The Destruction of Distraction


I have become a very distracted person.

I used to think it was the inevitable process of getting older. Aging. That process which eventually robs us of many things, physically and mentally. Or, is it the fact that we have many more distractions today than we ever have had? I am ok with age fogging my memory, that is something I cannot control, and let’s face it my brain is tired after 20+ years of parenting. But, I truly think the problem lies in this tiny computer, in a super cute faux wood case, in the palm of my hand. Facebook started in 2004 and the first generation iPhone was introduced in early 2007.  The crazy moment when those two giants converged is when I can honestly say I lost my ability to be present.

I struggle with this every day, and I bet many of you do too. 

I can remember when the World Wide Web became a real thing. I was in my early 20s, had a four-year-old and a tech obsessed fiance (we went on to start a successful IT company, but that is another story). He bought a sad little computer that communicated with the Internet with an annoying “beep boo boooooooo” sound before it connected. I then spent hours searching for a wedding dress. I say hours because it literally took at least twenty minutes for a single picture to slowly load on the pixelated screen. To me, this was worse than actual shopping and because it was such a time-consuming activity, it happened only when my toddler was in bed. There was no way I was going to engage in “online shopping” with a small one on my lap smacking the keyboard and putting fingerprints on the monitor. 

Fast forward to the present day and that clunky computer has lost its quirks. It is streamlined, portable and pocket-friendly. It also makes phone calls sometimes. It literally has become our right hand, and some of us cannot imagine being without it. 

And it is FAST. Everything is fast. The operating system, the pace of information, the speed of life. All so FAST.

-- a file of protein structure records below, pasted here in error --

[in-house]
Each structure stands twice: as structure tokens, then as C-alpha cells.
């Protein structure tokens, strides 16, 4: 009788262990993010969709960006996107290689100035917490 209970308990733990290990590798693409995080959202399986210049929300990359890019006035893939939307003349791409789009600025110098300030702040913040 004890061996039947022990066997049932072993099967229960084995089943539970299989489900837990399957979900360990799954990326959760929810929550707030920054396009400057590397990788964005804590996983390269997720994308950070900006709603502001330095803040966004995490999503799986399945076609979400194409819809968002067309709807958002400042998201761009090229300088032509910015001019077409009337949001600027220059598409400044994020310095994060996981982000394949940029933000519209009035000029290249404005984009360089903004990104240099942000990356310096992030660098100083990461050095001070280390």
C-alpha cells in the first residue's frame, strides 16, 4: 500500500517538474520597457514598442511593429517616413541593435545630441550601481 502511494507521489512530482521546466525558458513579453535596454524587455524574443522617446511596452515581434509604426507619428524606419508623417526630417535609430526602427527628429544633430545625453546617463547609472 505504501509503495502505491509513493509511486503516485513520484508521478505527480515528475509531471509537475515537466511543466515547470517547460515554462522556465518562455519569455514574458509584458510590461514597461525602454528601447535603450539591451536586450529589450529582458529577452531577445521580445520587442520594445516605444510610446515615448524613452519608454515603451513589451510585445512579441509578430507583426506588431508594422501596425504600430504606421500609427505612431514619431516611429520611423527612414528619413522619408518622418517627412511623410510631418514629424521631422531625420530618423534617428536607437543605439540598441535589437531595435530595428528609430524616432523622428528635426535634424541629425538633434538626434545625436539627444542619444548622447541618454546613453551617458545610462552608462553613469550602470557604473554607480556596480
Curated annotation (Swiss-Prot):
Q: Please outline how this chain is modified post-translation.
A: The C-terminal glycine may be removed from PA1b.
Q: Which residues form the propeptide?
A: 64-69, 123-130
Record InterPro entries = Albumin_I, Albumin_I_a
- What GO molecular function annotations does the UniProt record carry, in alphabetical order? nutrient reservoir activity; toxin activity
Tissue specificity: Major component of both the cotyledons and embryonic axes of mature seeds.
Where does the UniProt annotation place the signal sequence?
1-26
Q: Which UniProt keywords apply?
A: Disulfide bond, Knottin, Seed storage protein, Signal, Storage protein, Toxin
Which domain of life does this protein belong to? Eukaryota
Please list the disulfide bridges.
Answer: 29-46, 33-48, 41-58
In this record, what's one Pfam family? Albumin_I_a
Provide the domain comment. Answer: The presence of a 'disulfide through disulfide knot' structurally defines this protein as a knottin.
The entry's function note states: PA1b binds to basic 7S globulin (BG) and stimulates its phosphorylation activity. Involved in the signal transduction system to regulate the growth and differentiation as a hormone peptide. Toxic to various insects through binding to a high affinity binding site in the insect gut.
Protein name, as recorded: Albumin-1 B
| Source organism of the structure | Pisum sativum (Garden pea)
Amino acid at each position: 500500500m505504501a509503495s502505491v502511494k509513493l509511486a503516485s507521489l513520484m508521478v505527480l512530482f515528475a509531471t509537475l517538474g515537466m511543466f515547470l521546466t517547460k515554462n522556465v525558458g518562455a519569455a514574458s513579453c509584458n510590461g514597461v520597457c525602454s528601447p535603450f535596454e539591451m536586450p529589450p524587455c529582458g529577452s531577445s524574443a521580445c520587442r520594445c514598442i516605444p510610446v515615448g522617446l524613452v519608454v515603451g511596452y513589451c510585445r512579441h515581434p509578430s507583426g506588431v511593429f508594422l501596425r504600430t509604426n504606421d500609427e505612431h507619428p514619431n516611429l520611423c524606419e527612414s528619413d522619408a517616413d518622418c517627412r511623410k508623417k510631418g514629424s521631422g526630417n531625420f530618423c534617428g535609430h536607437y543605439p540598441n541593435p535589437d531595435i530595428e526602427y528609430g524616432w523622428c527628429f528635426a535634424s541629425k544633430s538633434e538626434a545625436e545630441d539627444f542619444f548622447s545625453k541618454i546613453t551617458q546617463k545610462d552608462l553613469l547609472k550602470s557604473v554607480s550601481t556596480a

And the problem though is that we are all checking out. We can’t keep up so we spend more time trying to. Recently I was scrolling through email or Facebook and a big kid was talking with me, and I found myself saying “uh huh….ya….uh huh..” and they walked out of the room tossing a sarcastic “good talk Mom” over their shoulder. My eyes flicked off the screen in an instant. What had I just missed? What were they telling me? Was it important? Why wasn’t I listening….?

Being distracted is one of the most destructive things we can do to our kids.

Sometimes it is unavoidable, and life just gets in the way. But when a screen commands more of our attention than their sweet faces, that message is conveyed loudly and clearly to them. We are telling them that whatever is happening on that device takes precedence at that moment, and we are teaching them that the world is happening in there not out here. 

I have seen the looks on my big kids’ faces when they too are absorbed in their screens, and it makes me cringe because I know I must look that way too, so far away and distant, but also because I want them to look up. I want their eyes to be wide and open and experiencing all that life has to offer! None of that will be found on Facebook, or Instagram, or SnapChat, or anywhere within those 5 illuminated inches.

So, I have been trying to practice what I preach. I hold the phone less, check email less and those Facebook notifications can wait until my kids are in bed. I yearn for the days of no social media, but instead of focusing on that, I focus on teaching the importance of presence. If that phone is really just a camera, then instead please use your camera. If it is a game, then go play a different game. If it is Facebook, go see a friend. I want to be here for my kids in every single way and I want them to be able to give that gift to their kids someday when this virtual world is even larger. At the end of the day, it’s the real connections we make that create a lasting difference in the world, and the beautiful thing is you can do it with more than 140 characters.


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